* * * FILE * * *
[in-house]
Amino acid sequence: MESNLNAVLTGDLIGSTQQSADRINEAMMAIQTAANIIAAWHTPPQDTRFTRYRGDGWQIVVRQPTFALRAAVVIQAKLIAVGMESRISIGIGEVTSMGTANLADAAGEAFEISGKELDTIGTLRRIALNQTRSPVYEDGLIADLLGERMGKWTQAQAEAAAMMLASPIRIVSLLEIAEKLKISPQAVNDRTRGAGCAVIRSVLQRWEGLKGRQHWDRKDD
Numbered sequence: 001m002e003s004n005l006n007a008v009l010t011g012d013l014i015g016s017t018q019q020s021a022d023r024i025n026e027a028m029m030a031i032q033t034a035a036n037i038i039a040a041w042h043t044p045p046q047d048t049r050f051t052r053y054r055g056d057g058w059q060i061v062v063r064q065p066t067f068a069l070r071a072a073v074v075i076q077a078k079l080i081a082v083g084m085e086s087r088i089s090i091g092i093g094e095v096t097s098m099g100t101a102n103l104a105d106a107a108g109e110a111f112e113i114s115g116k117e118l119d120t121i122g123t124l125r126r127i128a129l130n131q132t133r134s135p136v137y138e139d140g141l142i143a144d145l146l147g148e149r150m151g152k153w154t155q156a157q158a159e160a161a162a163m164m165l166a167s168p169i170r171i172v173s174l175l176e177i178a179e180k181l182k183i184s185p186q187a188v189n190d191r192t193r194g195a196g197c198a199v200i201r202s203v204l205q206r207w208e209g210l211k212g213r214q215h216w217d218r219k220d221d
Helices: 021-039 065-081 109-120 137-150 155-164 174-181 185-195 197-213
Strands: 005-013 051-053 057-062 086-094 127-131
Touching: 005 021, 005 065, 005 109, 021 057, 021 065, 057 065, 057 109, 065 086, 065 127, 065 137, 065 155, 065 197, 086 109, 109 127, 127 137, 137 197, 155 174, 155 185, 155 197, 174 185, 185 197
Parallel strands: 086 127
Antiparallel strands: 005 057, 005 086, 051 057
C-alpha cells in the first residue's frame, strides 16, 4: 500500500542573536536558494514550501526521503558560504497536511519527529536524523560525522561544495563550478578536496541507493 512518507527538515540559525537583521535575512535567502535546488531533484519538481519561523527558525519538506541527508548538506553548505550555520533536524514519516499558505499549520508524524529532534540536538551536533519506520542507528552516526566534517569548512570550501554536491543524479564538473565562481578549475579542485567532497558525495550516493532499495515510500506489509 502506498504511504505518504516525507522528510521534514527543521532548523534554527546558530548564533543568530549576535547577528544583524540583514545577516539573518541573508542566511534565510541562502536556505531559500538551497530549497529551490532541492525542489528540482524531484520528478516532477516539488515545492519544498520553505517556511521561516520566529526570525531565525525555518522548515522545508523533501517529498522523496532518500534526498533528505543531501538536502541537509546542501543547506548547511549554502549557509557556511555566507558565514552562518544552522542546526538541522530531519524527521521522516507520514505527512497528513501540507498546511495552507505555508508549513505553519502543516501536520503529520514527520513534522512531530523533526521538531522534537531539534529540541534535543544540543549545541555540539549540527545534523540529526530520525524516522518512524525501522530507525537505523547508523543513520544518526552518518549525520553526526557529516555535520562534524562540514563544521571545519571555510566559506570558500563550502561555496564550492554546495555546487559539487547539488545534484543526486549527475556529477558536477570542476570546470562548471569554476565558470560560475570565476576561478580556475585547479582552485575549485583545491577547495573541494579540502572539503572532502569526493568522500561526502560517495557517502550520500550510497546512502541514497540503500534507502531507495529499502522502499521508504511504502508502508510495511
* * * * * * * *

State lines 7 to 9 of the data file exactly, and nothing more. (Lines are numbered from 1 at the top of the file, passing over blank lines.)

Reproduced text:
Parallel strands: 086 127
Antiparallel strands: 005 057, 005 086, 051 057
C-alpha cells in the first residue's frame, strides 16, 4: 500500500542573536536558494514550501526521503558560504497536511519527529536524523560525522561544495563550478578536496541507493 512518507527538515540559525537583521535575512535567502535546488531533484519538481519561523527558525519538506541527508548538506553548505550555520533536524514519516499558505499549520508524524529532534540536538551536533519506520542507528552516526566534517569548512570550501554536491543524479564538473565562481578549475579542485567532497558525495550516493532499495515510500506489509 502506498504511504505518504516525507522528510521534514527543521532548523534554527546558530548564533543568530549576535547577528544583524540583514545577516539573518541573508542566511534565510541562502536556505531559500538551497530549497529551490532541492525542489528540482524531484520528478516532477516539488515545492519544498520553505517556511521561516520566529526570525531565525525555518522548515522545508523533501517529498522523496532518500534526498533528505543531501538536502541537509546542501543547506548547511549554502549557509557556511555566507558565514552562518544552522542546526538541522530531519524527521521522516507520514505527512497528513501540507498546511495552507505555508508549513505553519502543516501536520503529520514527520513534522512531530523533526521538531522534537531539534529540541534535543544540543549545541555540539549540527545534523540529526530520525524516522518512524525501522530507525537505523547508523543513520544518526552518518549525520553526526557529516555535520562534524562540514563544521571545519571555510566559506570558500563550502561555496564550492554546495555546487559539487547539488545534484543526486549527475556529477558536477570542476570546470562548471569554476565558470560560475570565476576561478580556475585547479582552485575549485583545491577547495573541494579540502572539503572532502569526493568522500561526502560517495557517502550520500550510497546512502541514497540503500534507502531507495529499502522502499521508504511504502508502508510495511